Shares in the British broadband provider TalkTalk slide 9 percent as it grapples with the effects of a cyber attack on the company, hiring BAE Systems to investigate.
LONDON, ENGLAND, UK (REUTERS) – TalkTalk, which is in the FTSE 250 mid-cap index rather than the blue-chip FTSE 100, slid 9 percent on Monday (October 26) as it grappled with the effects of a cyber attack on the company,
The shares fell after the British broadband provider TalkTalk said on Sunday (October 25) it had hired defence company BAE Systems to investigate a cyber attack that may have led to the theft of personal data from its more than 4 million customers.
TalkTalk said on Friday (October 23) it had received a ransom demand from an unidentified party for the attack, which has led to calls for greater regulation of how companies and public bodies manage personal data.
A spokeswoman for BAE’s Applied Intelligence division said the company’s cyber-specialists were analysing “vast quantities” of data to help establish how the breach happened and what information was stolen.
Jan Randolph is Director of Sovereign Risk Analysis at IHS Global Insight.
“I think the TalkTalk saga is very much shown and brought out into light how important cyber security is, I think all companies, all banks will review their own cyber security defences and policies. In some ways this has been a positive, the ways in which hackers out there have been able to damage reputations but also the share price ultimately of companies that have been under attack. This is normally the stuff of movies, but it is now for real and I think many companies and banks will review their cyber security policies in the light of TalkTalk,” Randolph said.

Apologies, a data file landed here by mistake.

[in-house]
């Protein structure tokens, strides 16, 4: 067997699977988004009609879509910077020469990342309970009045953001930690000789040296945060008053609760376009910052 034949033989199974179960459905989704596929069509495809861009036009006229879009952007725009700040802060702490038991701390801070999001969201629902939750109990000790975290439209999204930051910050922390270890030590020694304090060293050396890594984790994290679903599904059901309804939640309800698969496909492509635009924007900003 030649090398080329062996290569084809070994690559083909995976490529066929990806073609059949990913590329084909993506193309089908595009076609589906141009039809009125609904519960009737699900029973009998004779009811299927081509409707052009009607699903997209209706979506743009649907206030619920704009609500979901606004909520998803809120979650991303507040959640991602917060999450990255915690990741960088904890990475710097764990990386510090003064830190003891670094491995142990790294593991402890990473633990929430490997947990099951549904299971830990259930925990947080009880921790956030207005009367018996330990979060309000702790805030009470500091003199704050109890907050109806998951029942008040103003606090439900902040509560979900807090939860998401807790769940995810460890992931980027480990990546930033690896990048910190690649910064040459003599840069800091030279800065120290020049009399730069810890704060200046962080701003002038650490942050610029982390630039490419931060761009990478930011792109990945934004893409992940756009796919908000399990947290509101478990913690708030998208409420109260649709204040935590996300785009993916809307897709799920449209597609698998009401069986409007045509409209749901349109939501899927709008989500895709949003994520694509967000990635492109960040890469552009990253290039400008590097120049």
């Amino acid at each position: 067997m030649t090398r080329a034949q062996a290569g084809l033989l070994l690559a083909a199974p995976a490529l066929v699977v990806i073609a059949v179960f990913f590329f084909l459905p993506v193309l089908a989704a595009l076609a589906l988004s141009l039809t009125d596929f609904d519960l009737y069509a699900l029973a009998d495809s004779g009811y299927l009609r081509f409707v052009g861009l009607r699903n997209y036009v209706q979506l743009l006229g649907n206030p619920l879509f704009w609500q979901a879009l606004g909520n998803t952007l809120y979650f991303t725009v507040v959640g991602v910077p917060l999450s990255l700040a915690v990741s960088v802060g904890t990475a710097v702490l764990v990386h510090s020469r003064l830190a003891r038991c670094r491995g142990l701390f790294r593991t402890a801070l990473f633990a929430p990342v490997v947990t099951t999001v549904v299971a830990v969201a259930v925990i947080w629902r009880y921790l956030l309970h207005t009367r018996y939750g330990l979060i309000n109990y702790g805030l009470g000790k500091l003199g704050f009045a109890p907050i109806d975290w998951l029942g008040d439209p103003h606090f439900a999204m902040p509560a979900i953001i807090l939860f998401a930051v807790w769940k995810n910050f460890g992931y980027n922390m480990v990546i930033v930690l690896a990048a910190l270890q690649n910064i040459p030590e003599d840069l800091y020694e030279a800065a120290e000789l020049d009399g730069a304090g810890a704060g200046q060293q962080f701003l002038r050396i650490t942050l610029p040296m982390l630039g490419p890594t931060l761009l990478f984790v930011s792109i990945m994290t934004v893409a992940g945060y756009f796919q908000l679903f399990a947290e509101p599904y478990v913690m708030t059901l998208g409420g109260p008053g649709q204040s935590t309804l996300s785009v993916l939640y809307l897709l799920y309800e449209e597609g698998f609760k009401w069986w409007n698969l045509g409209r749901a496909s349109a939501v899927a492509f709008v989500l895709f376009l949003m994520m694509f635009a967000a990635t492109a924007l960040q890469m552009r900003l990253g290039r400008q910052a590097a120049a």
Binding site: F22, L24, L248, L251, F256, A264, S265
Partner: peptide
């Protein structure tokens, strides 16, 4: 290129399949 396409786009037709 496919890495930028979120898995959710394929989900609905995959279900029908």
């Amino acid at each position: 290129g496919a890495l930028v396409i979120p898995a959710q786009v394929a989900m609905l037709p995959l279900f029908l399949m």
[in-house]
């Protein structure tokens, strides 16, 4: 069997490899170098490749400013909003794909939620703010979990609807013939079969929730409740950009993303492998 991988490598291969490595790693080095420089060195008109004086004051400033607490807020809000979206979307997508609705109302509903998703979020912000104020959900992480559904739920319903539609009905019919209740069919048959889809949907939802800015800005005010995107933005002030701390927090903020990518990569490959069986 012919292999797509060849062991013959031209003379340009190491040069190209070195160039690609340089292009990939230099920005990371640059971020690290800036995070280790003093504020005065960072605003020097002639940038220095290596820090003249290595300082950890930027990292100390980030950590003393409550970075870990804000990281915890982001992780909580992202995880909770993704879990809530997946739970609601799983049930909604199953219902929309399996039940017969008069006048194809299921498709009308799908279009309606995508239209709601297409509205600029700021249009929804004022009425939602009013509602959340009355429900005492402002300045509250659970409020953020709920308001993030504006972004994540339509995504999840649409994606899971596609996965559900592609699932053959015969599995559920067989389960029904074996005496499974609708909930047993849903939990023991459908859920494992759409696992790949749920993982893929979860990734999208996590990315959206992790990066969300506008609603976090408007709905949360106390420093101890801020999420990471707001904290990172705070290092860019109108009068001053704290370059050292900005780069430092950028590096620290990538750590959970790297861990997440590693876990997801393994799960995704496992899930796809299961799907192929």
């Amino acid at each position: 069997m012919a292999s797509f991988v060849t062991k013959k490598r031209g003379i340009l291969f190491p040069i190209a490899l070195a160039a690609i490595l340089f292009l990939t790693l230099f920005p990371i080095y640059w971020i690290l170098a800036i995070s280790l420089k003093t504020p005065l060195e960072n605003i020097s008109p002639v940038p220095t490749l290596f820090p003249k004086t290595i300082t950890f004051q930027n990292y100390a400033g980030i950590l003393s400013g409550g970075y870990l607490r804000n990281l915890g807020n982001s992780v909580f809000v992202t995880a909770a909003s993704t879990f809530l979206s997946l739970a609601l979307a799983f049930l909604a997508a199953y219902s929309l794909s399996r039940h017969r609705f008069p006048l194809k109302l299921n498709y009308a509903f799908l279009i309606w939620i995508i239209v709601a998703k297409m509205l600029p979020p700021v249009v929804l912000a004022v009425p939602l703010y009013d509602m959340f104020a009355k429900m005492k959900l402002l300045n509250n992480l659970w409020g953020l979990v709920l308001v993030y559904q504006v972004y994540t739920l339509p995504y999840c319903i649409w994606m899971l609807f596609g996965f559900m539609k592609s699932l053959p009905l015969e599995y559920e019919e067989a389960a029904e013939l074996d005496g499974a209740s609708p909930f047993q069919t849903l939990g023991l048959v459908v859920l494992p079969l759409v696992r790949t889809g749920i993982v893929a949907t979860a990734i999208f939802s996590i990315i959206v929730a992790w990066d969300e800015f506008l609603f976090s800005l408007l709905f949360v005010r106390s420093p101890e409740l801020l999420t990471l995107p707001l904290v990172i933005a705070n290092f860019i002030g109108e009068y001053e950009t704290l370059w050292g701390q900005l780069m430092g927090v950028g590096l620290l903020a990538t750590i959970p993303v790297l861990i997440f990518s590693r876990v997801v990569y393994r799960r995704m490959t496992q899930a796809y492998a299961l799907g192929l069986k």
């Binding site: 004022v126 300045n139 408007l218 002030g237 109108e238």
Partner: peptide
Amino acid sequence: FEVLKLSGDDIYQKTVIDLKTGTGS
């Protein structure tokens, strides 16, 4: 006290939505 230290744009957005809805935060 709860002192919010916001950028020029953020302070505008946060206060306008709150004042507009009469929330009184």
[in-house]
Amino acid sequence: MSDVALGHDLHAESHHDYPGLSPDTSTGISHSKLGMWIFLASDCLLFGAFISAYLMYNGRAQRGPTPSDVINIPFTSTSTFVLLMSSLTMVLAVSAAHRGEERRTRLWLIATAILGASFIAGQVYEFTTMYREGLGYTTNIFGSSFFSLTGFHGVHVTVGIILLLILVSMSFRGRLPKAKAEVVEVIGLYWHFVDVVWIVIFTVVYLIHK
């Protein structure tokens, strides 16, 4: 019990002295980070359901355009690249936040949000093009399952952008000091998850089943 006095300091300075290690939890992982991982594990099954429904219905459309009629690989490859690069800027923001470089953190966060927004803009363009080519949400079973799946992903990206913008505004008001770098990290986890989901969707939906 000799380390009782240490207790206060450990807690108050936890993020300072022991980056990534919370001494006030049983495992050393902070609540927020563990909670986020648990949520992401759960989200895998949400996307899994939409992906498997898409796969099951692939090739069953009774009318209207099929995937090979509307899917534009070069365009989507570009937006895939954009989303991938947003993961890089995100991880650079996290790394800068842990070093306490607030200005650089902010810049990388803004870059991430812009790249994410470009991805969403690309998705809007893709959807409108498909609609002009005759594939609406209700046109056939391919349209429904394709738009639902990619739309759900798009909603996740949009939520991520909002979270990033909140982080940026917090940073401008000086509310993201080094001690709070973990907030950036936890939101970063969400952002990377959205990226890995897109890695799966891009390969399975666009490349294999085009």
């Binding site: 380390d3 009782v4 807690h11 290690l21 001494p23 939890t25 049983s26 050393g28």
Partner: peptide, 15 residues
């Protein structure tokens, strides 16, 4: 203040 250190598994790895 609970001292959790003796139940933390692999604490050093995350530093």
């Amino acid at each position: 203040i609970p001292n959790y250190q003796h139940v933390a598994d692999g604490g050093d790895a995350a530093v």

The Metropolitan Police Cyber Crime Unit is also conducting a criminal investigation into the attack.
While TalkTalk said on Saturday (October 24) it did not believe the information accessed would enable hackers to steal money from its customers, British newspapers on Sunday carried stories of individuals who said callers posing as TalkTalk employees had taken money from their bank accounts.
Agari’s EMEA Director Darren White thinks hiring BAE is a good step.
“It is a good move and I think BAE will help them understand exactly what went wrong and what areas they need to fix, and that will only help TalkTalk’s business and their consumers be better protected in the future,” White said.
White said TalkTalk CEO Dido Harding has responded well to the attack.
“There is never an easy way to respond and it is quite challenging. I think she has done a pretty good job, all considered, again it is about keeping it simple, they have been rather unfortunate and had three major attacks but I think so far she has handled it pretty well,” he said.
White said other companies will be worried about cyber attacks happening to them.
“I think a lot of companies will be thinking exactly that and I think it is a very real challenge to most organizations, it doesn’t matter how big you are, how small you are, who you are, everybody is vulnerable to a cyber attack,” White added.
Many customers took to social media to complain about their treatment following the attack, TalkTalk’s third data breach this year, with media also reporting some had been told they faced hundreds of pounds in fees to leave the provider.
Britain’s Information Commissioner watchdog, which can impose fines of up to 500,000 pounds ($765,600), has said it is looking into the incident but security experts said the prevalence of cyber crime showed more needed to be done.
Data released by the Office for National Statistics this month showed there were nearly 2.5 million incidents of cyber crime in the year to June 2015.